This qualitative study explored how young women pursue belongingness and connectedness needs through their use of social network sites and the other meanings they give to their activities. The study involved multiple individual interviews with 35 diverse participants ages 13 through 18. Unlike most research on girls that focuses on White girls, 40% of the participants were girls of color. This research examines girls’ experiences using social media in their own words. Using inductive analysis and feminist critical theory, I first analyzed the data individually and then across cases. I sought meaning in the girls’ own words and understandings that “give voice” to people “outside mainstream research,” like girls (Patton, 2002, p. 98). The findings were grouped into 3 categories: how social media fosters connection and belonging needs; the other personal meanings involved in girls’ social media activities; and the ways social media interfered with belongingness and connection. First, I found that girls exercised their agency in connecting with their friends throughout the day; Instagram and Snapchat were particular favorites. Second, older girls used social media to explore social and political issues, experience freedom and all girls processed concerns about appearance and body image. Some girls believed that social media affected their mood and often had a positive effect on their lives, but they believed they should spend less time on social media. Third, social media at times disrupted girls’ social connections through online drama, bullying, and sexual images, or by avoiding face-to-face interaction. The research suggests the importance of better understanding girls’ online activities from their perspectives for parents and educators.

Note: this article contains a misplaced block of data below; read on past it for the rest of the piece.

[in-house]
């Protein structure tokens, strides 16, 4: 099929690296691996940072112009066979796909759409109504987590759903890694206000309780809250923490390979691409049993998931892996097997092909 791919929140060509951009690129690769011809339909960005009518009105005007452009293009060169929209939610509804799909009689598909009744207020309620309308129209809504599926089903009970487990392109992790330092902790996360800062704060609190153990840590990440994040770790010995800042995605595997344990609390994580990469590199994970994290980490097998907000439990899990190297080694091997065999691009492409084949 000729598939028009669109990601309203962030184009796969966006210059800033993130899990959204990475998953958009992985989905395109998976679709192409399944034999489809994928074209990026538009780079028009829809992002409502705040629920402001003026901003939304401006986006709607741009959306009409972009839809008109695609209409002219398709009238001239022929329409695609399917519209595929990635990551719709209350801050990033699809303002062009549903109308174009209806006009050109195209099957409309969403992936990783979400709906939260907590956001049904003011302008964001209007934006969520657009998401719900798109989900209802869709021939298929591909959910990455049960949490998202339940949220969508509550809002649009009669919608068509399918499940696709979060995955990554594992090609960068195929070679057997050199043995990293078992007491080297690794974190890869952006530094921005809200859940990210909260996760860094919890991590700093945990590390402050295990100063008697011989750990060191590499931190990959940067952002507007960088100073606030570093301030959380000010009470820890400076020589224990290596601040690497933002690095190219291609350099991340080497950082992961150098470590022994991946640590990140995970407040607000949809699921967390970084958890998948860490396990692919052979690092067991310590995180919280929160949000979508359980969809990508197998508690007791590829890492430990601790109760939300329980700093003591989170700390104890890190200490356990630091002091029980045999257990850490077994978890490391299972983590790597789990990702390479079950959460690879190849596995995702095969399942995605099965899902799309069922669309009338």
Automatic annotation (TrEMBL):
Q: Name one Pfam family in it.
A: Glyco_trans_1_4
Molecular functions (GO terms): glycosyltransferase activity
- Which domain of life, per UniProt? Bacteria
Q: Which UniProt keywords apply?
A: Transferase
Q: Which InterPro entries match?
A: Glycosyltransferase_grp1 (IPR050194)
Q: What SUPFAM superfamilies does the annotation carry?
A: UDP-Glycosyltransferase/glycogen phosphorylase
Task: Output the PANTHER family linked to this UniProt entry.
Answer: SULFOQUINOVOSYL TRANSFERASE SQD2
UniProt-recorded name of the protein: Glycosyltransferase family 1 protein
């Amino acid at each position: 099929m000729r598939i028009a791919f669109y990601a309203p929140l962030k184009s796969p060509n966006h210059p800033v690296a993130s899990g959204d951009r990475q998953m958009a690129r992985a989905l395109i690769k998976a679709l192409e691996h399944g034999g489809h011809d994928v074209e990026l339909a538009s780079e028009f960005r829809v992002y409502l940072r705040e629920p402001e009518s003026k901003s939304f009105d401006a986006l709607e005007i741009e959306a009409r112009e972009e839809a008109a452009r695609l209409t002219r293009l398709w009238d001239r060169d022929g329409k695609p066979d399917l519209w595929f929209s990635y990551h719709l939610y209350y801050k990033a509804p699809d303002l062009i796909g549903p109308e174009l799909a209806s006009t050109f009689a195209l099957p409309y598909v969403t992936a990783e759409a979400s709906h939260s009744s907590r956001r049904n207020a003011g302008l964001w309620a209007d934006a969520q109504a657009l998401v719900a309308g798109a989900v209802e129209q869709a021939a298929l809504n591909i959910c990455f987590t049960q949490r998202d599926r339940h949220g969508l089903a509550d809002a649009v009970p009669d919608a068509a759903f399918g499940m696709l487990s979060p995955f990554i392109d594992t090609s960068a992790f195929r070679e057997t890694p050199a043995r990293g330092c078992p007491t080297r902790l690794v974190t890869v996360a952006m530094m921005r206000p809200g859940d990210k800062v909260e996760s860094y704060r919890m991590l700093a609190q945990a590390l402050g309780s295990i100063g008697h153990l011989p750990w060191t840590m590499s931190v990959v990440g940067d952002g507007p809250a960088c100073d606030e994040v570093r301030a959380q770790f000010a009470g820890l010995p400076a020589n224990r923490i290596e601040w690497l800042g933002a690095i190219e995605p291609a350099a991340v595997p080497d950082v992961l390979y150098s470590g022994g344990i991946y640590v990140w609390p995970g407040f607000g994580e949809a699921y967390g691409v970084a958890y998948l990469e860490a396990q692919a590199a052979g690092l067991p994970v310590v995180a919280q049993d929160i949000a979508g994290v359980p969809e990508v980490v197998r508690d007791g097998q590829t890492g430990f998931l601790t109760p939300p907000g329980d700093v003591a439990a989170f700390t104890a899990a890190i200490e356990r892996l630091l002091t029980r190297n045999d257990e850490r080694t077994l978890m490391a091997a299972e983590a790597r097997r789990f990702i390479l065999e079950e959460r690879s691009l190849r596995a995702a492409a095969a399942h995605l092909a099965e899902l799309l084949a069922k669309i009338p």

|Advisor:||Bailey, Lucy E.|
|Commitee:||Vogler, Jane, Montgomery, Diane, Mix, Tamara|
|School:||Oklahoma State University|
|School Location:||United States -- Oklahoma|
|Source:||DAI-A 82/2(E), Dissertation Abstracts International|
|Subjects:||Educational psychology, Secondary education, Social research, Womens studies|
|Keywords:||Belonging, Connection, Girls, Social media|
Copyright in each Dissertation and Thesis is retained by the author. All Rights Reserved
The supplemental file or files you are about to download were provided to ProQuest by the author as part of a
dissertation or thesis. The supplemental files are provided "AS IS" without warranty. ProQuest is not responsible for the
content, format or impact on the supplemental file(s) on our system. in some cases, the file type may be unknown or
may be a .exe file. We recommend caution as you open such files.
Copyright of the original materials contained in the supplemental file is retained by the author and your access to the
supplemental files is subject to the ProQuest Terms and Conditions of use.
Depending on the size of the file(s) you are downloading, the system may take some time to download them. Please be